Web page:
they represent and develop the appropri-
busy.” You know the ones I mean.
3:30. I hope you’re able to take my call.”
business e-mails. You certainly have your own e-mail
So, what can we do about being
I put the responsibility on me to connect.
In summary, send business e-mails
more effective with our personal business
I’m not asking the recipient to do
during the business day, keep it short
e-mails? Here are just a few thoughts on
and to the point, use bullet points, keep it
what I believe really makes a difference
In the previous example, if you get
personal and take the onus off connecting.
voicemail on the follow-up telephone call,
Of course, if you’re crazy busy--and we
acknowledge this must not have been a
all are--please don’t wait a month to
time of day to send an e-mail and you
good time. Proceed with setting another
might get three different answers. In my
time that you’ll call. On the morning of
world I’ll give you a window between 10
the call, send an e-mail reminding the
and 4 of the business day. Entirely too
recipient of your scheduled call. After the
in getting the response you want:
Ask three marketers when’s the best
Contact Dave at 843-997-2880 or email firstname.lastname@example.org.
many promotional and social e-mails
Looking Ahead To Our
are waiting for me the first thing in the
morning. Unless it’s someone I recognize there’s a good chance it
North Dakota Iowa Washington, DC West Virginia Montana Utah Alaska Florida North Carolina Sightseeing Cruises Rail Travel Canada South Pacific
will get minimal attention. Usually
that means it keeps sliding down the
See our page-flip edition & past issues at LeisureGroupTravel.com We can help showcase your business to groups. Call us 630.794.0696 or email@example.com
inbox as my day begins to unfold. 66 April 2014
Knowledge is Power Starting to plan a student trip? Confused about the timetable for your reunion? Looking to plan a retreat for your church…or seeking to become a group leader? Our niche travel market experts cover these topics, and more!
Keep Your Competitive Advantage, Break Into New Markets Download dozens of How-to Guides, Whitepapers, E-Seminars and Tour Guides FREE of Charge!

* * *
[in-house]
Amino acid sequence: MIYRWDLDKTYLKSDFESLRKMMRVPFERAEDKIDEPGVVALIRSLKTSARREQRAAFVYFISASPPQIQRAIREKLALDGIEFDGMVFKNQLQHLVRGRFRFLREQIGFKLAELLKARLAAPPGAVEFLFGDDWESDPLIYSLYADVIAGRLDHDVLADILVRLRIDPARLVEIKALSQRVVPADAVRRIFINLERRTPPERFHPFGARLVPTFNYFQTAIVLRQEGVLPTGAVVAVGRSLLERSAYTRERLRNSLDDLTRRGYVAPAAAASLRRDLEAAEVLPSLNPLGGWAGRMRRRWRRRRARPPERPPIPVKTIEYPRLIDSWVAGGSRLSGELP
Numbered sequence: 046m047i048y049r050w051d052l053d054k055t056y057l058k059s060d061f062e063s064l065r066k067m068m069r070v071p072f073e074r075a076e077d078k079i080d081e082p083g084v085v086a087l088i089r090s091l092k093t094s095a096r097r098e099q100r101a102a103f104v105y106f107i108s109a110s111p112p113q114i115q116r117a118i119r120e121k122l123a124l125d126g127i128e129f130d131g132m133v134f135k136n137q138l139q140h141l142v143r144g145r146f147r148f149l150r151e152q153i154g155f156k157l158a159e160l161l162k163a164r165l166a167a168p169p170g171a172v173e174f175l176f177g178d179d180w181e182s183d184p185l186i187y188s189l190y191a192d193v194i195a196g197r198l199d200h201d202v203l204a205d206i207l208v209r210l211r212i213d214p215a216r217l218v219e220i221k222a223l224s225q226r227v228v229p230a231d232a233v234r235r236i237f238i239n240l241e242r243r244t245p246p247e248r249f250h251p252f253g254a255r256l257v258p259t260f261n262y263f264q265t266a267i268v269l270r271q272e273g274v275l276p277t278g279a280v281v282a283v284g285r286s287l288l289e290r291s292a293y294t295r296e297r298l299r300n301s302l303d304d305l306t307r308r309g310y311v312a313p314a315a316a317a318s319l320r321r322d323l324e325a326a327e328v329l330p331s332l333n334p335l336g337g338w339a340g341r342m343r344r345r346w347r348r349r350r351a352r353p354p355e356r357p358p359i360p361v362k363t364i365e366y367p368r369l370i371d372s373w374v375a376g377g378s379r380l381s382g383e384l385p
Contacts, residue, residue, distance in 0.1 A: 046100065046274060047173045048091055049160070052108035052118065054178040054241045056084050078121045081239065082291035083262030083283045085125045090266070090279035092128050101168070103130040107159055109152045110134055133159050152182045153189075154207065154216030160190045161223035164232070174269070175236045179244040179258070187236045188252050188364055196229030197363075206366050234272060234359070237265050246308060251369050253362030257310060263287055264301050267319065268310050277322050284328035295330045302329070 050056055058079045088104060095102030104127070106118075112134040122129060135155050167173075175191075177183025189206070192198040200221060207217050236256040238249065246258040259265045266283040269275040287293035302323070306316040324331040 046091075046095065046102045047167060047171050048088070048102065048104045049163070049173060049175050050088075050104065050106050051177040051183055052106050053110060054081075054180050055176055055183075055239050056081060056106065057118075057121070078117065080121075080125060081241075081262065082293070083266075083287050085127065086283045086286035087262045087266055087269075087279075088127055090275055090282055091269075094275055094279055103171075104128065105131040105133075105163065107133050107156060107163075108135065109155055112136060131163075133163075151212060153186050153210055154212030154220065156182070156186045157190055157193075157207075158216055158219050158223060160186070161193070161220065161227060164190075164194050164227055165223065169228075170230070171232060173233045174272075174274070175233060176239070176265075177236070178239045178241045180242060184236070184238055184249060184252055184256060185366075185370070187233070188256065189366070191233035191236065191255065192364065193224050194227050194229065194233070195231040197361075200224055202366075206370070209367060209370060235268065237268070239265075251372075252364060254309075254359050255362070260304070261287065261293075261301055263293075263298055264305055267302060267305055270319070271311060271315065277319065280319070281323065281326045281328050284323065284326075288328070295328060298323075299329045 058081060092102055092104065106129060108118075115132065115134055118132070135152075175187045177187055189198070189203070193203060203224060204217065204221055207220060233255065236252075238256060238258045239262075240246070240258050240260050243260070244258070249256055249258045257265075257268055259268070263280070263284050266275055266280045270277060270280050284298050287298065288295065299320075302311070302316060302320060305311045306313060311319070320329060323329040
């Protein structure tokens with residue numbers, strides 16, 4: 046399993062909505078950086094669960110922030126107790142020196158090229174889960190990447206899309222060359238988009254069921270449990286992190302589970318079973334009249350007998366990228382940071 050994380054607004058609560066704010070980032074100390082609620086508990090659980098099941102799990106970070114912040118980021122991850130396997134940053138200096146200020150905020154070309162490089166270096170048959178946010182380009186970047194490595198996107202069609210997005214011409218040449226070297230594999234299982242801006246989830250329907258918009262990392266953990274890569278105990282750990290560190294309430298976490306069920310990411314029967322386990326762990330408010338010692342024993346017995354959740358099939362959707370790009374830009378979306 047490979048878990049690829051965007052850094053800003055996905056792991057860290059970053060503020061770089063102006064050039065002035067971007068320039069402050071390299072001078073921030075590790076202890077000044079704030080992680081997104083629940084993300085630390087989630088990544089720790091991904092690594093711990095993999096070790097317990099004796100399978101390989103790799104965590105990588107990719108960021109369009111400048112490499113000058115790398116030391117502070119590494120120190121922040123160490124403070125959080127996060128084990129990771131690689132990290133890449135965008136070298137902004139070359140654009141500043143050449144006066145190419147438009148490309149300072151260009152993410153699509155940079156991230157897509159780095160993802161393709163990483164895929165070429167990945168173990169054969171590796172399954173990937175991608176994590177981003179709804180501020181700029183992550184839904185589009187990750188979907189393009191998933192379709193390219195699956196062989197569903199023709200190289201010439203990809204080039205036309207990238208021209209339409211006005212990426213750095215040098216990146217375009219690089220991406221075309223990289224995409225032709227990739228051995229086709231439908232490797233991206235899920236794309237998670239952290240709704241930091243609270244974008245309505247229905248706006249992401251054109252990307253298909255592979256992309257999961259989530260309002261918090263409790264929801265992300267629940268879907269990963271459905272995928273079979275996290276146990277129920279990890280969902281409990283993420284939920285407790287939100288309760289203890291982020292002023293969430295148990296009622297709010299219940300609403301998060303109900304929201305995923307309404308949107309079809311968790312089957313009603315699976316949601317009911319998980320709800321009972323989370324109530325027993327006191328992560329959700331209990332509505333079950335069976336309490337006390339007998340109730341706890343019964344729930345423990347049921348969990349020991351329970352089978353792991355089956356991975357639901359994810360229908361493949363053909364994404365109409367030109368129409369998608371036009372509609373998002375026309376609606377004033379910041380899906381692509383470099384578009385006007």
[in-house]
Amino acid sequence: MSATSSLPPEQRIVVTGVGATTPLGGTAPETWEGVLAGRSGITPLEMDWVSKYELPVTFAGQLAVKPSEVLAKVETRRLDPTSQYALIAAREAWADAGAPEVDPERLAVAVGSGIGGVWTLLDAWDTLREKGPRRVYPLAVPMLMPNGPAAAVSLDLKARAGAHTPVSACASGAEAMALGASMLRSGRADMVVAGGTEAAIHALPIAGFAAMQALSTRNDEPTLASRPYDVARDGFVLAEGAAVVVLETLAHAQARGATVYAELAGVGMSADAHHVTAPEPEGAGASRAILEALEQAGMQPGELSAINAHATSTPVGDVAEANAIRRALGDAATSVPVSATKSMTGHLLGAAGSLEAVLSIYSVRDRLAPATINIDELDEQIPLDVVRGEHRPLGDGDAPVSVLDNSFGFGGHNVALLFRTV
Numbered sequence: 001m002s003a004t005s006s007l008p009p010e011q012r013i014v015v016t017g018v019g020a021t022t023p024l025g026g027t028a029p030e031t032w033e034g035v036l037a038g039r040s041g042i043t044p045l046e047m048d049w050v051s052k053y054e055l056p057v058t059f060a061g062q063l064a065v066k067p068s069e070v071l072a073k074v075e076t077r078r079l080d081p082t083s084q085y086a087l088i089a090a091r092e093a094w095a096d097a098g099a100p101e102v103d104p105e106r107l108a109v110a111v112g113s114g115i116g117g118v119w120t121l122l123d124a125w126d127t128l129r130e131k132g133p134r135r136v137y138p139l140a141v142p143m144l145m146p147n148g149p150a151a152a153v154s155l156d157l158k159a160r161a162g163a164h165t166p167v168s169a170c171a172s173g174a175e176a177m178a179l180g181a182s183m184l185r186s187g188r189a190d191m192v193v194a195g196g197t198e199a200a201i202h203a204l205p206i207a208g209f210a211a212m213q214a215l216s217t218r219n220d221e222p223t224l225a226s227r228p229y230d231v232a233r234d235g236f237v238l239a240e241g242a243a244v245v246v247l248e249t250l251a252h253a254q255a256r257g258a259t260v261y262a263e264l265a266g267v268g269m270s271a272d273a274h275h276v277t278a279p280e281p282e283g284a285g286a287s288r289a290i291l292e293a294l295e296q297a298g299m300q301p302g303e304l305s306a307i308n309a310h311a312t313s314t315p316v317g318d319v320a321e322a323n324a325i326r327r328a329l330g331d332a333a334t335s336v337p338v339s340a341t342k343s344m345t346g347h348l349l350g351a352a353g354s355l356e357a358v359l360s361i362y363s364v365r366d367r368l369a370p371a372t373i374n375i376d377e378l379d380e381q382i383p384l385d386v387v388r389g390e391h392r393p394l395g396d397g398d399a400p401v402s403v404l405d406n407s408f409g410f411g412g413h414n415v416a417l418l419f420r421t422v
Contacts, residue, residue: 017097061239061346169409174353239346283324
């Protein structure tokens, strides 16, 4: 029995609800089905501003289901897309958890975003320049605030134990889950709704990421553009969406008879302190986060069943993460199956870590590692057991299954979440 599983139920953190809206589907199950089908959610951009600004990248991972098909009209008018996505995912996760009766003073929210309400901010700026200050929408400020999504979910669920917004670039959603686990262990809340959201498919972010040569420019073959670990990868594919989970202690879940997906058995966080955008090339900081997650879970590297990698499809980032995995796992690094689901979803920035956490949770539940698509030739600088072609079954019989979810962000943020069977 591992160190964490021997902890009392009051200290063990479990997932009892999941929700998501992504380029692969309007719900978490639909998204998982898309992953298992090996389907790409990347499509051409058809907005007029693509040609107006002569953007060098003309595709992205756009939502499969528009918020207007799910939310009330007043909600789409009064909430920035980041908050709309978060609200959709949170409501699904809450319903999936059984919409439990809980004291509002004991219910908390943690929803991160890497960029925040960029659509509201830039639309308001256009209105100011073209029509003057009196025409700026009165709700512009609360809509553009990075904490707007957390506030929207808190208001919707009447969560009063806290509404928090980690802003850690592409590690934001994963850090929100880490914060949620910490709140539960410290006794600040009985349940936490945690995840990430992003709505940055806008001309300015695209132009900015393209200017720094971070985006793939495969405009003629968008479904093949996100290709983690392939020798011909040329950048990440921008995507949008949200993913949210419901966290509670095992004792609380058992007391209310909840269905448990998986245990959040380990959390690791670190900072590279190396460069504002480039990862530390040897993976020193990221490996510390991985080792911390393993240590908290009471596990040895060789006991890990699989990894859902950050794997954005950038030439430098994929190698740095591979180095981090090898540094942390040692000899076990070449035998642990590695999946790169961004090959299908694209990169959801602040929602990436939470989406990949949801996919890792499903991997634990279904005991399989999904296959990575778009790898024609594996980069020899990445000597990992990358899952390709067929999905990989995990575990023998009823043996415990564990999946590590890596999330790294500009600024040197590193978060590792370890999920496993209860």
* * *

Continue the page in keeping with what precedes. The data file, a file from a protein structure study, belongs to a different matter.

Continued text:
www.GroupUniversity.com A Premier Travel Media Company
Connect directly with suppliers via email, web or phone or request brochures in one easy step.
Renew your subscription by May 15
Complete the form on the reverse side
Select from our list of advertisers for more information
Complete and return your Print Instant InfoSM Card via mail or fax, or go online to LeisureGroupTravel.com and click on the Instant InfoSM tab.
❐ Search by state/country ❐ Search by keyword ❐ Search by category Return via mail or fax to 630-794-0652 Return your Reader Service Card by May 15
Return via mail or fax to 630-794-0652 FOLD HERE
AFFIX POSTAGE HERE
Reader Info Center 621 Plainfield Road, Suite 406 Willowbrook, IL 60527
INSTANT INFO CENTER APRIL 2014
Would you like to continue to receive Leisure Group Travel?
❏ Yes! ❏ No ❏ Yes, please include a complimentary subscription to InSite, Leisure Group Travel’s E-Newsletter (please include e-mail address below) Name ___________________________________________ Title ______________________ Company __________________________________________________________________ Address ___________________________________________________________________ City ____________________________________ State _________ Zip _________________ Phone ____________________ Email ____________________________________________ REQUIRED Signature ___________________________________________ Date ___________________ REQUIRED City of Birth _________________________________________________________________